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Social Psychology: Third Edition Hardcover – December 1, 1999

ISBN-13: 978-0863775871 ISBN-10: 086377587X Edition: 2nd

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Social Psychology
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Product Details

  • Hardcover: 704 pages
  • Publisher: Psychology Press; 2 edition (December 1, 1999)
  • Language: English
  • ISBN-10: 086377587X
  • ISBN-13: 978-0863775871
  • Product Dimensions: 9.9 x 8 x 1 inches
  • Shipping Weight: 3 pounds
  • Average Customer Review: 4.0 out of 5 stars  See all reviews (5 customer reviews)
  • Amazon Best Sellers Rank: #3,262,395 in Books (See Top 100 in Books)

Editorial Reviews

Review

The authors, both leading social psychologists, are uncompromising in their pursuit of quality, and they are unusually effective in their communicative style. My acid test of textbook quality is trying to construct exam questions after having read a chapter. With Eliot Smith and Diane Mackie's textbook, this becomes an easy, fruitful, and enjoyable exercise. I believe that there are enough substantive questions in the pool for even the most demanding instructor..
–Constantine Sedikides, University of North Carolina at Chapel Hill

I liked the first edition a lot, and the new edition receives my highest recommendation too.. This updated version captures the most recent developments, and I am sure that students will like the book..
–Herbert Bless, University of Trier

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Most Helpful Customer Reviews

1 of 1 people found the following review helpful By Han on September 2, 2008
Format: Paperback
An easy-to-read, very informative book, covering a wide area of interest. Not just the details, but also the larger picture is well-presented.
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By CuriousReader on May 22, 2011
Format: Paperback Verified Purchase
This text book is well thought out and well written. The professors who collaborated on this endeavor definitely had college students in mind. The paragraphs are not too long and are broken up with summaries (in blue) which really alert you to the important facts that will follow.

If only more text books were written with this high tech generation in mind.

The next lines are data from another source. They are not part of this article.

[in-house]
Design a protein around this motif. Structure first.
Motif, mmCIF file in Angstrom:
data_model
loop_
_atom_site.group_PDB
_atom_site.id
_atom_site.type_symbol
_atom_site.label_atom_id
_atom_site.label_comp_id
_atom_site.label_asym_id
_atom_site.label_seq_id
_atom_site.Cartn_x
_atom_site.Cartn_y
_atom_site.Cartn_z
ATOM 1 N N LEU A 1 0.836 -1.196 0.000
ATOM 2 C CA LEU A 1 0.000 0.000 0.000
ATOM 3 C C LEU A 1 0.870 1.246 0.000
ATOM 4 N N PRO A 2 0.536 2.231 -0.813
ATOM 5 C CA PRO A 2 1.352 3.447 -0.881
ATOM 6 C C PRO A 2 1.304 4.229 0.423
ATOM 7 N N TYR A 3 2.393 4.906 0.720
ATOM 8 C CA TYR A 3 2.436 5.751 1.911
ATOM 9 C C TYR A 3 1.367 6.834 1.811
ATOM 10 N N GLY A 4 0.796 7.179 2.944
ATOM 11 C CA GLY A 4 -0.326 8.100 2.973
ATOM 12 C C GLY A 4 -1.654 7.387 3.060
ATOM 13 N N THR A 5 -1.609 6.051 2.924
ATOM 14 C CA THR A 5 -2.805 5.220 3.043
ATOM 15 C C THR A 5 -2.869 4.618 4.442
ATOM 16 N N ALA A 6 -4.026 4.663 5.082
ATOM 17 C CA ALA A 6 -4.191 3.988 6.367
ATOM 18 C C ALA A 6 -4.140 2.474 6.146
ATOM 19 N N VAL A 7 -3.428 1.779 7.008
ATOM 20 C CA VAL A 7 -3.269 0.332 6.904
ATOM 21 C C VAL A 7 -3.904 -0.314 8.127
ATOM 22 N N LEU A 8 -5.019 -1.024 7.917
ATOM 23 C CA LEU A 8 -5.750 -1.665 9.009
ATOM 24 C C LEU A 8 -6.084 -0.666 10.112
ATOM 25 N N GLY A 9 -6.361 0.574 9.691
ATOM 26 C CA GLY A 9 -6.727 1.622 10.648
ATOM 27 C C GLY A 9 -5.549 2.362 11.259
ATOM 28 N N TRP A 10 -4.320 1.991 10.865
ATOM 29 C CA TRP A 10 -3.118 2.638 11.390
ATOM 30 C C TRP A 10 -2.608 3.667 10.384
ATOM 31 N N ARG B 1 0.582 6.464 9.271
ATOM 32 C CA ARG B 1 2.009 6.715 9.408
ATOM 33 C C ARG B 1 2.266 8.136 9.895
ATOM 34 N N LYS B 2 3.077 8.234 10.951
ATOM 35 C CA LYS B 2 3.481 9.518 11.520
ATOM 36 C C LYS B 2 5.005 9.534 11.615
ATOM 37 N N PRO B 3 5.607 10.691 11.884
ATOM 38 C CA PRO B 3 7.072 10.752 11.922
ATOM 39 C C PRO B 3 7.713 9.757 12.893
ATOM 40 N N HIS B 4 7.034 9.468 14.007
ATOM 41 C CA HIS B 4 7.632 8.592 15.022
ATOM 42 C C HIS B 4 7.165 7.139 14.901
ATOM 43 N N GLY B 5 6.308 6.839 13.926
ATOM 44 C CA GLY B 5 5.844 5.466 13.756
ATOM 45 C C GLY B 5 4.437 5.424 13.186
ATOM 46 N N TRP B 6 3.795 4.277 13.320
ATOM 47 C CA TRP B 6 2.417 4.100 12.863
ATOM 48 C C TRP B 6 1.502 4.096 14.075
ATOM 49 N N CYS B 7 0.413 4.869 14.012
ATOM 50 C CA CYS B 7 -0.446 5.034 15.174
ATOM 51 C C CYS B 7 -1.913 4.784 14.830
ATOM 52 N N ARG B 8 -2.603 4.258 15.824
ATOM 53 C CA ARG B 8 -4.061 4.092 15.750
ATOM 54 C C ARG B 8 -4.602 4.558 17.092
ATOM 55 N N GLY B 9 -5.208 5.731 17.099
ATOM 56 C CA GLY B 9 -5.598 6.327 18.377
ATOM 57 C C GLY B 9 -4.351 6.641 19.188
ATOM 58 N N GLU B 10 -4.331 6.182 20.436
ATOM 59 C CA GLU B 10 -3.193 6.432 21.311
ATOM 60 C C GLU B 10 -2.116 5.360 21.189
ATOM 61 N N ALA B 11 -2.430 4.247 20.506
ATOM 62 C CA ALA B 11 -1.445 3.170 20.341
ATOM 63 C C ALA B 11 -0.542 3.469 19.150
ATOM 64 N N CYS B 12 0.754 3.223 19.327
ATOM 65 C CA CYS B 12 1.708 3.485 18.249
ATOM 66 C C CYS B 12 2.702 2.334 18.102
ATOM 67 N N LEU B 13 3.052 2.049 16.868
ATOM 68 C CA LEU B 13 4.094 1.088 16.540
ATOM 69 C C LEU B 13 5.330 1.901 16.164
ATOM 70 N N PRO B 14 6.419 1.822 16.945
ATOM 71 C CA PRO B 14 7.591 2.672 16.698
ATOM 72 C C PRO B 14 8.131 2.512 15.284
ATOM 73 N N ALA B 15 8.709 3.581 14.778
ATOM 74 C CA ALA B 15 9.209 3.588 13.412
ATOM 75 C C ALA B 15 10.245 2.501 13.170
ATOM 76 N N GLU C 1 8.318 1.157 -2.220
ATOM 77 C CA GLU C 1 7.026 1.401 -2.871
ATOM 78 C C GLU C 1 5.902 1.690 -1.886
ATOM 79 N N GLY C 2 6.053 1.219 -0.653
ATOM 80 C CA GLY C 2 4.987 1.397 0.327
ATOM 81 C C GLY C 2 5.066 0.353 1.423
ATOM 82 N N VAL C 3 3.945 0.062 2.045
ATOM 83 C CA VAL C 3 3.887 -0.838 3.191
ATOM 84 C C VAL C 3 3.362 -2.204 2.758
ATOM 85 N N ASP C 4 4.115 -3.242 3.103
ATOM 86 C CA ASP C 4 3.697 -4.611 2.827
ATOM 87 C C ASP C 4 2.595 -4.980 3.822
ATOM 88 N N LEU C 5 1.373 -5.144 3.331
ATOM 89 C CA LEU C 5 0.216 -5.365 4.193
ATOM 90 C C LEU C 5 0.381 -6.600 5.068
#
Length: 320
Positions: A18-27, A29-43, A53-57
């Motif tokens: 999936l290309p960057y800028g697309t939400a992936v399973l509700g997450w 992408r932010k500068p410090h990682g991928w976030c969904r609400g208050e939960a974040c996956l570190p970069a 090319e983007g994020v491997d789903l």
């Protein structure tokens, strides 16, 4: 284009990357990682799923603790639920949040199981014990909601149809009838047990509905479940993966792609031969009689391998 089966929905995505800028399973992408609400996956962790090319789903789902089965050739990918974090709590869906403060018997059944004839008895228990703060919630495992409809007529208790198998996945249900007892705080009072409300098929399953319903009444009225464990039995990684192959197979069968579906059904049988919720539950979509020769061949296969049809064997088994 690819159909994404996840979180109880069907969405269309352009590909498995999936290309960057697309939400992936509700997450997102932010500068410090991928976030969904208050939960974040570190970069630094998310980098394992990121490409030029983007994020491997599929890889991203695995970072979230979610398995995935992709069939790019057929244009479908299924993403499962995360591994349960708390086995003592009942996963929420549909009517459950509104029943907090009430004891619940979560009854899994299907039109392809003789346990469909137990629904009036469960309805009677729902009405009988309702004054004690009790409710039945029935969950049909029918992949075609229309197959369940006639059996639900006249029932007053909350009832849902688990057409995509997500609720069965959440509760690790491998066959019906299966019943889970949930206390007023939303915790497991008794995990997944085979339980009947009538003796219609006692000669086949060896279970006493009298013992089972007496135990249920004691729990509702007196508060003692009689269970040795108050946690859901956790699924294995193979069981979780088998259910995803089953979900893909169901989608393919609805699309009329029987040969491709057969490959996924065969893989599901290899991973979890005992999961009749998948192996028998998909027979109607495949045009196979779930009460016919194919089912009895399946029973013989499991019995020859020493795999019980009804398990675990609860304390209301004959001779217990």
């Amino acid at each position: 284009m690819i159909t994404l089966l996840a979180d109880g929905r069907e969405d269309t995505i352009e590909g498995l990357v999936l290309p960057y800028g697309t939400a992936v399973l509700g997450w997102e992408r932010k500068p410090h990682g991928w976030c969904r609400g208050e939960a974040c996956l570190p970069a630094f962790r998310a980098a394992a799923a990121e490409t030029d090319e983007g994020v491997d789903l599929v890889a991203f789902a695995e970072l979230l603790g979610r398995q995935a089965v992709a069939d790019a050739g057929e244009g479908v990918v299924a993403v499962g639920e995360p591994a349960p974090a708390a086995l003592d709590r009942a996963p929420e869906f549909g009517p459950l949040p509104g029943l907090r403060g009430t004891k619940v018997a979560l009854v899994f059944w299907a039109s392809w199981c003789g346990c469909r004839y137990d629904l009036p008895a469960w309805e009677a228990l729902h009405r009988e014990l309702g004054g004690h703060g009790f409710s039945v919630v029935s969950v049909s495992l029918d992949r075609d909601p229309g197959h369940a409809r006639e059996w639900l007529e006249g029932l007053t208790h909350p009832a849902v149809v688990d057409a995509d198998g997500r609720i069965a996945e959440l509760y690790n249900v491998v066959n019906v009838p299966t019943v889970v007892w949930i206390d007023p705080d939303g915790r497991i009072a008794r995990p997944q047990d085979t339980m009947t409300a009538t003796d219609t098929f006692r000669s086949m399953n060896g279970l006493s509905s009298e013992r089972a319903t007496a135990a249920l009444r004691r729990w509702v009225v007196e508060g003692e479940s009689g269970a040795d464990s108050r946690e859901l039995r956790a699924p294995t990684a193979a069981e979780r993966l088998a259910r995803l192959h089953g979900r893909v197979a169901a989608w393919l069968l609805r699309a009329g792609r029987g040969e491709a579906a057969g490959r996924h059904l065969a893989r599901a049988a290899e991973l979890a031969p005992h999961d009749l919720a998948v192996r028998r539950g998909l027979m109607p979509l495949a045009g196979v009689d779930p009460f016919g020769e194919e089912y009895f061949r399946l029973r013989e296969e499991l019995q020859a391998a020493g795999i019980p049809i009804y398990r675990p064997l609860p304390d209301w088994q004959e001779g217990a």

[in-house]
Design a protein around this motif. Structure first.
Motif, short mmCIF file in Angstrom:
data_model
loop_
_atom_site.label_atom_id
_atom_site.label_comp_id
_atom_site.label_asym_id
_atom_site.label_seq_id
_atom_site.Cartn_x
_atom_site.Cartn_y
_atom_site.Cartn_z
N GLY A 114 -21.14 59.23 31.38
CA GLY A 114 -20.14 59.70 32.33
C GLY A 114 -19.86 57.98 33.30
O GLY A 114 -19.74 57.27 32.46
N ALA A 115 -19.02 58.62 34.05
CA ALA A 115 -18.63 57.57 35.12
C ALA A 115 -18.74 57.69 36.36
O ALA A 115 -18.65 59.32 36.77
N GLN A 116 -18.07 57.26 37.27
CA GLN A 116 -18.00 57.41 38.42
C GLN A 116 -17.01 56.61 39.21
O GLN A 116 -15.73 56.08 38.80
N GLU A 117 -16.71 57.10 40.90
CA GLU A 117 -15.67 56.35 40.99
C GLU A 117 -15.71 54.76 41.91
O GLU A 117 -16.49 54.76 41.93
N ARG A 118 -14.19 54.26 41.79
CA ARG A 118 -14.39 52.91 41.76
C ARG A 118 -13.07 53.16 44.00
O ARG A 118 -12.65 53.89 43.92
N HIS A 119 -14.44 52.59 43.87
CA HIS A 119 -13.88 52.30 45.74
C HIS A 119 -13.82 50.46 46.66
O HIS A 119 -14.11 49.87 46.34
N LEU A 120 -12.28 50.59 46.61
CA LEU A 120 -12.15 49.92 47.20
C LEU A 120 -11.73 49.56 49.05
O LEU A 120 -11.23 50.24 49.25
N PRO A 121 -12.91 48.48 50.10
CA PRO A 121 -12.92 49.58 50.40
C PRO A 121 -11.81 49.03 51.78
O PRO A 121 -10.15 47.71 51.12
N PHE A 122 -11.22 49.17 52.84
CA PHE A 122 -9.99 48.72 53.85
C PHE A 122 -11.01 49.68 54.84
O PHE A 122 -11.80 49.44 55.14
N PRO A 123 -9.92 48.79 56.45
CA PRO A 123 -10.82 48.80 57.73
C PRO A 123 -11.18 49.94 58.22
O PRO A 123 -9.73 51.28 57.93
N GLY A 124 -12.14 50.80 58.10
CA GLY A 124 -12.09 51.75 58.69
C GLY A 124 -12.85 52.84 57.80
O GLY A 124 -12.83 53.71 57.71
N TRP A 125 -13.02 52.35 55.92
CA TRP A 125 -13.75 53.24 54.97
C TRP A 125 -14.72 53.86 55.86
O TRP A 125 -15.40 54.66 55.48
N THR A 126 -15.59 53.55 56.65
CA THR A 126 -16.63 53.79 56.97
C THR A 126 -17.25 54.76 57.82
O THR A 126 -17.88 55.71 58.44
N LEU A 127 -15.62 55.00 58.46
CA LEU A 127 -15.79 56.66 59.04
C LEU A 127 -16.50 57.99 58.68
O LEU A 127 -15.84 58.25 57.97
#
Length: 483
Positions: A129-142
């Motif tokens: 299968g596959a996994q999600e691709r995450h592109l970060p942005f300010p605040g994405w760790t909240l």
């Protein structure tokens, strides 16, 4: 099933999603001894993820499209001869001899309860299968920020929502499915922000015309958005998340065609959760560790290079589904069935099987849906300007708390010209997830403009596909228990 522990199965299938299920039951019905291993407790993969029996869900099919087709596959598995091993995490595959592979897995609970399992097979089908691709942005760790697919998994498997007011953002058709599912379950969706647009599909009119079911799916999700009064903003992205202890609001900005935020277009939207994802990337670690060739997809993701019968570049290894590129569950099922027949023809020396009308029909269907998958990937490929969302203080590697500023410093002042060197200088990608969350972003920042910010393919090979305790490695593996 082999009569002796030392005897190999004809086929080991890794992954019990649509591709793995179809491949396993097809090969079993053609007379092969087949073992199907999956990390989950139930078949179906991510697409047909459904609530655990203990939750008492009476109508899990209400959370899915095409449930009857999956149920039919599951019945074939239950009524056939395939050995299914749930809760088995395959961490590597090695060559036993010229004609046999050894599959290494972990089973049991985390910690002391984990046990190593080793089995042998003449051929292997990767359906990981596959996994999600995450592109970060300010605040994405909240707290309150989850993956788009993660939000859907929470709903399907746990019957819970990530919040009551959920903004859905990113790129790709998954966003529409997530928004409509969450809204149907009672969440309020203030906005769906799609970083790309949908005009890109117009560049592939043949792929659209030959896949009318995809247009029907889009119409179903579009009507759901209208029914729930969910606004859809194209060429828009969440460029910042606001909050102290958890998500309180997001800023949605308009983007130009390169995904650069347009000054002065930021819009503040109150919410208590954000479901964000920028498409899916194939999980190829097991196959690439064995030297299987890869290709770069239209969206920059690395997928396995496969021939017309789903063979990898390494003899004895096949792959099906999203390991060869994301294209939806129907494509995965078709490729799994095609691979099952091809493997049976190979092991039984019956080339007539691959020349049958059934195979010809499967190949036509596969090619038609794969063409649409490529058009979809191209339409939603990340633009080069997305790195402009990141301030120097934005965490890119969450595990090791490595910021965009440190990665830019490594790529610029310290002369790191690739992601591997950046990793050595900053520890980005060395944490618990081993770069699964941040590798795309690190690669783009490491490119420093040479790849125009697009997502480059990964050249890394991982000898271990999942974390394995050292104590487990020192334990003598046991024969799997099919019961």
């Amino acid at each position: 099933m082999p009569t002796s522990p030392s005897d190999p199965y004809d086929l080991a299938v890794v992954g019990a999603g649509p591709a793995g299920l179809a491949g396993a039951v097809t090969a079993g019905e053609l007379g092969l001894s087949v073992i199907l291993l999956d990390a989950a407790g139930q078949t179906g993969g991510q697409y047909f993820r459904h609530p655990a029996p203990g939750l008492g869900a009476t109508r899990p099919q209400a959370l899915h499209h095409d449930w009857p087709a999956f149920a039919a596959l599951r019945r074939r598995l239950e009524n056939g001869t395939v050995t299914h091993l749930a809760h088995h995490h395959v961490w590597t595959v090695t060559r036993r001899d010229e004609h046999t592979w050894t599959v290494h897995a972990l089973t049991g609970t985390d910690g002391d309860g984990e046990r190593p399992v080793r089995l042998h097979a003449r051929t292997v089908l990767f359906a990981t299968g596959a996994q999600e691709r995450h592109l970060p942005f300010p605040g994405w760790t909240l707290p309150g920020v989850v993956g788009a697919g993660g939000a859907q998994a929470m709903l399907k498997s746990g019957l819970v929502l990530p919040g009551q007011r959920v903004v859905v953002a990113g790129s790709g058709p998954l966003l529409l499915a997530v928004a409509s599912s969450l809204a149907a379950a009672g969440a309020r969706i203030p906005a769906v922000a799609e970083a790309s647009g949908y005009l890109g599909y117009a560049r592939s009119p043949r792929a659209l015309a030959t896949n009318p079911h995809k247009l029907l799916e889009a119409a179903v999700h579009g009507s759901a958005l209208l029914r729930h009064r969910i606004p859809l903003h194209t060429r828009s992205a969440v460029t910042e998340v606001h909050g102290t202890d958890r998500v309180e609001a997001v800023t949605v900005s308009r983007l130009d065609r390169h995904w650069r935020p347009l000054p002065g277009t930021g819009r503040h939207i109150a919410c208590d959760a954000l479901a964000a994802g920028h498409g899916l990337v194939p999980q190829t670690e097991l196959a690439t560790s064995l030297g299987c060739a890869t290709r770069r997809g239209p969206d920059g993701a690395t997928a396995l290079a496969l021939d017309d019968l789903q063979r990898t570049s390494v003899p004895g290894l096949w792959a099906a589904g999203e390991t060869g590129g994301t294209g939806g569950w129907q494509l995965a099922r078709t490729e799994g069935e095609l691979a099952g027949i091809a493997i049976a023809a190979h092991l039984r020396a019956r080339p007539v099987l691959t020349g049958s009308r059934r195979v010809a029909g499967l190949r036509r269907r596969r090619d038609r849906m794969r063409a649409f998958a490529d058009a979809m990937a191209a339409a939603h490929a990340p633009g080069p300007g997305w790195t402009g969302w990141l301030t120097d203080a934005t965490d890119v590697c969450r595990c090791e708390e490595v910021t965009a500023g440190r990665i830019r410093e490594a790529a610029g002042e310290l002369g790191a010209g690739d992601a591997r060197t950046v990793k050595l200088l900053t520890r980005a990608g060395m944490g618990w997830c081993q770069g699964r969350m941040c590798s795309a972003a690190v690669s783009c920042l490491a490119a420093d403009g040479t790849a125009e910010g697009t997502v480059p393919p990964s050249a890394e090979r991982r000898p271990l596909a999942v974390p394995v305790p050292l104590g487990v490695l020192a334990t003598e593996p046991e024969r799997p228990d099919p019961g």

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2 of 4 people found the following review helpful By L. T. Lancaster on April 2, 2008
Format: Hardcover
"Social Psychology" by Smith and Mackie is an ok text. It isn't great, but it doesn't totally fail to inform the student about the issues that social Psychologists of today face. The bottom line is that the book has an overabundance of examples, but wading through them to find the meaning is difficult.

Aesthetically the book is terrible. All blacks and light blues, it wears on the readers eyes. Unlike publishers like Wadsworth, Psychology Press seems to not be too keen on keeping the reader focused on the book. This may not bother all people, but reading about norms for an hour and a half is bland on it's own. And when adding few variations to the text, it becomes quite the chore.

2 out of 5 because the book does it's job. It just doesn't do it very well.
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0 of 1 people found the following review helpful By Pamela Snyder on June 3, 2009
Format: Paperback Verified Purchase
The book arrived in great condition and in a very timely manner. I will use this seller again if needed! Thanks again!
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0 of 5 people found the following review helpful By Timothy on June 16, 2011
Format: Paperback
In 1957, Leon Festinger, a brilliant young social psychologist, argued that when people become aware that their attitudes, thoughts and beliefs ("cognitions") are inconsistent with one another, this realization brings with it an uncomfortable state of tension called cognitive dissonance. Cognitive dissonance often follows when a behavior conflicts with a prior attitude: when, for example, people love their country but cooperate with its enemies. Festinger did more than just suggest that inconsistencies cause discomfort. He also offered a bold new proposal: the people's motivation to reduce the unpleasant side effects of inconsistency often produces attitude change. According to the cognitive dissonance theory, tension caused by differences between important actions and attitudes are often reduced by adjustments we make to our thinking, not to our behavior. - Smith and Mackie's Social Psychology

The United States was formed in a state of cognitive dissonance when it fought for freedom from Britain to keep African people enslaved, so it does not surprise me that almost everyone in the U. S. is suffering from this disorder. We know that we are losing wars in Asia, so what do we do about it, send more soldiers into harms ways. We know that hospitals are killing more people than they heal, yet we go to work and carry out whatever death procedure management demands. We actually convince ourselves that we are helping the people that we kill. We send our children to schools that make them less able to think, confused, and even violent, yet tell them every day to listen to their teachers. Cigarettes and fossil fuels are killing us, but we use them no matter how high the prices rise. It amazes me that this empire remains in tact at all. It is a testament to its citizens commitment to delusion.
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